As the commercial real estate industry continues its slow but steady recovery, investment in large, speculative real estate developments and new construction is returning, and surpassing pre-recession levels in many markets. By their nature, large developments often take longer to construct than smaller projects, and this lengthy construction time can generate higher carrying costs for a developer at a time when the property is not generating income.
One of the largest expenses for commercial real estate is property tax. The property tax burden can be even more onerous when the development does not yet have tenants, who ordinarily would reimburse the developer for taxes, or whose rent would otherwise provide the funds to pay taxes on the property.
As the number of large-scale construction projects ramps up, many properties will be under construction on a given assessment date, on the date on which an assessor values the property for that year’s property taxes. This raises questions as to how and whether the property should be assessed, and the answers to those questions may provide opportunities for taxpaying developers to reduce their carrying costs.
Most states value property using a fair market value standard, and assess a property based on its value to the market. Other states apply a market-value-in-use standard, which seeks to value the property’s current use. In both systems, a property that is partially build on the assessment date would arguably have limited or no value because it is unable to generate income for its owner. Further, as seen in many markets during the recent recession, few buyers are willing to purchase a partially constructed building.
In either circumstance, the property’s in-progress status would significantly hinder its value. Even the value of the land would be impaired, because a buyer wanting that land would have to demolish the existing construction to begin anew.
Nevertheless, many states authorize local tax assessors to value developments for tax purposes while still under construction. The means employed by assessors vary, and some states lack explicit guidance on how assessors should perform such a valuation.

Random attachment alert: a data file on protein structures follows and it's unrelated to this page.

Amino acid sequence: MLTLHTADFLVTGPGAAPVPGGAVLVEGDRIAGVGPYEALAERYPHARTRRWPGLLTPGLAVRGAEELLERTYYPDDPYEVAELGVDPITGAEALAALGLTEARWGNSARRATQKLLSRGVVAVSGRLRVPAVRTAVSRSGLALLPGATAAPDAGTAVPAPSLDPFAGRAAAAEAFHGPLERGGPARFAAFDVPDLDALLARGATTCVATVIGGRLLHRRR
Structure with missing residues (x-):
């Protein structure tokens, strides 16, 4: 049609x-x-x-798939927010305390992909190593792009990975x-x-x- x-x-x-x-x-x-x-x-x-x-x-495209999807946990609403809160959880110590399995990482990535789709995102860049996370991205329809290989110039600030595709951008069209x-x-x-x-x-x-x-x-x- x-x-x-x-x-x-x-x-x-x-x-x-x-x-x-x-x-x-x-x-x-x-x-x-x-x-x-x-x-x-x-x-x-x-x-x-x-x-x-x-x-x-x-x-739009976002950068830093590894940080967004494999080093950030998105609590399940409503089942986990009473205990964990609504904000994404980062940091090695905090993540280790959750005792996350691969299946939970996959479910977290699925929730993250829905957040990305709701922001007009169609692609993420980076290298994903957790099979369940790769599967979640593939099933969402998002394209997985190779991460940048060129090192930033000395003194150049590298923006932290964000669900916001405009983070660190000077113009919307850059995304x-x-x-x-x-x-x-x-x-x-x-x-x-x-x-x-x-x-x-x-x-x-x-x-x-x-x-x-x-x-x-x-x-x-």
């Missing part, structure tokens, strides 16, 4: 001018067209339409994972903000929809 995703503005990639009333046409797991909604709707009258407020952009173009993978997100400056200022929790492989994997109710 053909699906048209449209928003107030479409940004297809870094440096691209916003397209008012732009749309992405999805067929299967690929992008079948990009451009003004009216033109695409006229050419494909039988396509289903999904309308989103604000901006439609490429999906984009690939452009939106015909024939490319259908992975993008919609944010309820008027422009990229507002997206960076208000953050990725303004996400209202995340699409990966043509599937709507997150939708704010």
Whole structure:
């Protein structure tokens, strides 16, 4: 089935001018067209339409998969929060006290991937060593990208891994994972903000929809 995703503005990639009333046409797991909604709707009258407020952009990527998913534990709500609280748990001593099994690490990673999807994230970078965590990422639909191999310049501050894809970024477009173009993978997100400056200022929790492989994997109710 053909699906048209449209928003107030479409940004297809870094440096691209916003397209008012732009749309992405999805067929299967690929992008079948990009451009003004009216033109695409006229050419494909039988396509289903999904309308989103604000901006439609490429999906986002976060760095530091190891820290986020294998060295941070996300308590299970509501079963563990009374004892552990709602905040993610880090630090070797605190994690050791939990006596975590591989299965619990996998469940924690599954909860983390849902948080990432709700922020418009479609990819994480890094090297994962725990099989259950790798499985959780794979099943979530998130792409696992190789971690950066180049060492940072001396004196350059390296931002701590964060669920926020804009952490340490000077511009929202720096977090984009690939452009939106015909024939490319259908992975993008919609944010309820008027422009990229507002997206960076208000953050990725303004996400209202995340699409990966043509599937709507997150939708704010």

Despite the many issues involved in valuing a property that is only partially built, some assessors create another layer of difficulty by assessing only some partially constructed projects on any given assessment date. A recent review of the assessments in one midsized US market revealed that only one of the many projects in the construction pipeline was assessed as “construction in progress.” Every other partially built property maintained its prior value until the project was completed and placed in service.
Aside from the apparent inequity of this situation, it raises potential legal ramifications as well. Nearly every state’s constitution requires that property taxes be assessed and administered uniformly and equally. Under these provisions, which are at the heart of the modern data-based property tax system, if two properties are identical, then the process by which they are assessed should be identical and the resulting values should be identical. The techniques used to value one property in a jurisdiction should apply to all similar properties.
As the recovery continues for commercial real estate, assessors are eager to restore the tax rolls to pre-recession values or higher. But that restoration of tax rolls should not come at the expense of developers who have major projects under way.
Whether in-progress buildings should even be assessed is questionable, but if they are, then every property should be subject to the same standard. Increasing the value of only select projects violates state constitutions. Fortunately, those same constitutions give developers an avenue to challenge their unfair tax liabilities.
Reprinted with permission from the “ISSUE DATE” edition of the “PUBLICATION”© 2016 ALM Media Properties, LLC. All rights reserved.